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I am running below tsql to find the secondary AlwaysON servers from the primary replica :

set transaction isolation level read uncommitted 
set statistics time, io on
SELECT  
ISNULL(agstates.primary_replica, '') AS [Primary_AG_Server],
dbcs.database_name AS [DatabaseName]
 ,ar.replica_server_name as [Secondary_AG_Servers]

   FROM master.sys.availability_groups AS AG
LEFT OUTER JOIN master.sys.dm_hadr_availability_group_states as agstates
   ON AG.group_id = agstates.group_id
INNER JOIN master.sys.availability_replicas AS AR
   ON AG.group_id = AR.group_id
INNER JOIN master.sys.dm_hadr_availability_replica_states AS arstates
   ON AR.replica_id = arstates.replica_id AND arstates.is_local <> 1 -- is_local is not 1 .. so we get secondary server names
INNER JOIN master.sys.dm_hadr_database_replica_cluster_states AS dbcs
   ON arstates.replica_id = dbcs.replica_id
    group by agstates.primary_replica, dbcs.database_name, ar.replica_server_name
    set statistics time, io off

The above query takes 12 mins and 38 secs to run and returns 34 rows. Below is the statistics IO and time output:

SQL Server parse and compile time: 
   CPU time = 0 ms, elapsed time = 0 ms.

 SQL Server Execution Times:
   CPU time = 0 ms,  elapsed time = 0 ms.
SQL Server parse and compile time: 
   CPU time = 10 ms, elapsed time = 10 ms.

 SQL Server Execution Times:
   CPU time = 0 ms,  elapsed time = 0 ms.

 SQL Server Execution Times:
   CPU time = 0 ms,  elapsed time = 0 ms.

(34 row(s) affected)
Table 'Workfile'. Scan count 0, logical reads 0, physical reads 0, read-ahead reads 0, lob logical reads 0, lob physical reads 0, lob read-ahead reads 0.
Table 'Worktable'. Scan count 0, logical reads 0, physical reads 0, read-ahead reads 0, lob logical reads 0, lob physical reads 0, lob read-ahead reads 0.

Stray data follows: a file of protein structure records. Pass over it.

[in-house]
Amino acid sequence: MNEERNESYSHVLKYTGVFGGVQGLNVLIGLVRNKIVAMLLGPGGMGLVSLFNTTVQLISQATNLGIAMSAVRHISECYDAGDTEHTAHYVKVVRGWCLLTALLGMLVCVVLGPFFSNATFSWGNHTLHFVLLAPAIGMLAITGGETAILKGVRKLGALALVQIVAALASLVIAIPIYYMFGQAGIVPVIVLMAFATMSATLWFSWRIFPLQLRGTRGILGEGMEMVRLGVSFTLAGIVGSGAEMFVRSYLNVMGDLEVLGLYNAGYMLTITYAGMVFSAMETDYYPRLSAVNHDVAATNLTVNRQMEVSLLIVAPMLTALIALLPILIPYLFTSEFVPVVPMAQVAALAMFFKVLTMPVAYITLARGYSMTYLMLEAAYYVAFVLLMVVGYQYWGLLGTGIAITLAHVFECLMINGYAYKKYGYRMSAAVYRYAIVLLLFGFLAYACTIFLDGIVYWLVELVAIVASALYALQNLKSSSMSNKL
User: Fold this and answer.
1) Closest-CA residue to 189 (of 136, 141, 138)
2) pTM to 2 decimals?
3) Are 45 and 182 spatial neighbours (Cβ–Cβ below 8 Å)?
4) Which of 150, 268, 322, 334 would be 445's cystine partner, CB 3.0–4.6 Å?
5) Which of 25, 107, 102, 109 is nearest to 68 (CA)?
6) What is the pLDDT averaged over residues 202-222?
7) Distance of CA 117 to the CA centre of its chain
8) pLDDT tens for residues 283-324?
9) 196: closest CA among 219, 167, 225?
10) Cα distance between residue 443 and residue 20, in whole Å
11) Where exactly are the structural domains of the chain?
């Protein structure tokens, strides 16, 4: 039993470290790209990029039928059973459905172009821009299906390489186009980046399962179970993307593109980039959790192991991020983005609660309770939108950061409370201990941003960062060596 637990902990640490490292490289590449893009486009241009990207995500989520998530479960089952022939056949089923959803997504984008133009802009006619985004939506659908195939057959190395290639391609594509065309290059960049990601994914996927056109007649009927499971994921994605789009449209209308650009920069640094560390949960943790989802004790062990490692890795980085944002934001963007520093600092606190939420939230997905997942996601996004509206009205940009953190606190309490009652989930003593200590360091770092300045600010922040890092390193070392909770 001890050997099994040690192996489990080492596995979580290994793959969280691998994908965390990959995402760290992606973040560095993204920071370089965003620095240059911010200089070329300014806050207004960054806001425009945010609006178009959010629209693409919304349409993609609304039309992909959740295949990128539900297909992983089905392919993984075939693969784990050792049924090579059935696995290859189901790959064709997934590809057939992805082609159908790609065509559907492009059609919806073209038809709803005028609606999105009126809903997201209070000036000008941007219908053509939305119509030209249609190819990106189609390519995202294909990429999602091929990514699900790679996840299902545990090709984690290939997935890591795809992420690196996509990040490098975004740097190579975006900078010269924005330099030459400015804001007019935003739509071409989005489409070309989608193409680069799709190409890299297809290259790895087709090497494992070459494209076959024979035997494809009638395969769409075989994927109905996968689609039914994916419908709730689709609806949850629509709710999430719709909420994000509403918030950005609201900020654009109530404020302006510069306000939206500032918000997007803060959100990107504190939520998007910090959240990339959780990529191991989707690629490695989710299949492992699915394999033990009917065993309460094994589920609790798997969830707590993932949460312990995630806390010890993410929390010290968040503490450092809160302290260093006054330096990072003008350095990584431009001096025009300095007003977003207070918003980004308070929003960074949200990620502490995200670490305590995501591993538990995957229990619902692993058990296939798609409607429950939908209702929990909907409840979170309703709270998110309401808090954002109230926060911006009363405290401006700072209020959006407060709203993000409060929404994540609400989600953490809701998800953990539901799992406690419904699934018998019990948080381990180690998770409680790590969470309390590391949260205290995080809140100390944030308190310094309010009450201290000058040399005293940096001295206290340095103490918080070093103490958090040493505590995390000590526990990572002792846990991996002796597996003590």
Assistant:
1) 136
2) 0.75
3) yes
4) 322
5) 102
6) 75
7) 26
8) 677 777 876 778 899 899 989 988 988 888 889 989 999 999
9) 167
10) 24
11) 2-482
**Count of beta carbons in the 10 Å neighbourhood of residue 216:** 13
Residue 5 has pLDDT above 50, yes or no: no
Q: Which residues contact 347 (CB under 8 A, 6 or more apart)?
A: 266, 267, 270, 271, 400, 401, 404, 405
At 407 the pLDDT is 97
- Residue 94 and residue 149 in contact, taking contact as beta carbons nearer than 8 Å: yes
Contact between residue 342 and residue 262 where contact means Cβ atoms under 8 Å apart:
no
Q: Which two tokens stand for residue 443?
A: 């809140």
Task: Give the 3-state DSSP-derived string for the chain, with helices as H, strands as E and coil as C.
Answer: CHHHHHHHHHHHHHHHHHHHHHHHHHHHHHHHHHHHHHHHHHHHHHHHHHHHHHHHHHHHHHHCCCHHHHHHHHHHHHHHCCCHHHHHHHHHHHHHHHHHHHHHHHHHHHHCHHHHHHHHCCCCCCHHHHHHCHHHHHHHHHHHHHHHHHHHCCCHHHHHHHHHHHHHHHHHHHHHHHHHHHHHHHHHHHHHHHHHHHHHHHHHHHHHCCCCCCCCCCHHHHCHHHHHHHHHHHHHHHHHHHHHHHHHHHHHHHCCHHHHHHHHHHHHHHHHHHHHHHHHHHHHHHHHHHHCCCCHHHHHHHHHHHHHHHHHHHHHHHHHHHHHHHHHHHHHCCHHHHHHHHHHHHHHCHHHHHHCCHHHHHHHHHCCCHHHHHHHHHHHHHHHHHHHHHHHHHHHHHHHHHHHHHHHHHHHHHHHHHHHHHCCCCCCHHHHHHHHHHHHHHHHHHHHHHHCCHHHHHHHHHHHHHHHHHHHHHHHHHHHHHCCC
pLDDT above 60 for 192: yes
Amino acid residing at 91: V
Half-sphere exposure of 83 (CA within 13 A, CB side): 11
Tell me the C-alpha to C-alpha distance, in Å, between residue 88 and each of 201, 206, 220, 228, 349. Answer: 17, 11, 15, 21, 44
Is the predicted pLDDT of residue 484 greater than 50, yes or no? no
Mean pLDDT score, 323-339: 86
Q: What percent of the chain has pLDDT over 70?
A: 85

Table 'sysguidrefs'. Scan count 0, logical reads 212, physical reads 0, read-ahead reads 0, lob logical reads 0, lob physical reads 0, lob read-ahead reads 0.
Table 'sysclsobjs'. Scan count 1, logical reads 2, physical reads 0, read-ahead reads 0, lob logical reads 0, lob physical reads 0, lob read-ahead reads 0.

(1 row(s) affected)

 SQL Server Execution Times:
   CPU time = 1266 ms,  elapsed time = 747852 ms.

Here is the link to actual execution plan.

Anything that can be done to make it faster ?

Below is from Plan Explorer

Click to enlarge

enter image description here

Click to enlarge

enter image description here Thanks !

  • Seems like a long time, and I don't think it's 12 minutes because of the plan (and not sure what you could do to improve that either - it's not like you can change the catalog views you're calling). Is your AG over multiple subnets or cross-domain? Did you check for blocking? What is the wait type? Is your network saturated? – Aaron Bertrand Mar 8 '16 at 20:20
  • @AaronBertrand AG is over multiple subnets but in the same domain - NY-LD-HK. I did check for blocking and there is no blocking - 100% sure. The wait type is HADR_CLUSAPI_CALL. I am not sure how to get info about Is your network saturated?. The thing is that refreshing the Availablity groups node takes quiet a long time as well. There are 53 Availablity Groups ! – Kin Shah Mar 8 '16 at 20:41
  • This sounds like "doctor it hurts when I do this" Doctor: "so don't do this." Honestly, I don't know that you can do anything about this except (a) run the query less often or (b) partition the query and apply filters wherever possible (not sure if all those things support predicate pushdown, but trying not to resolve all 53 groups in a single query might be a good start). You could also use a monitoring tool, you know, so that information is always readily available to you by refreshing in the background instead of while you sit there and wait for 12 minutes. :-) – Aaron Bertrand Mar 8 '16 at 20:59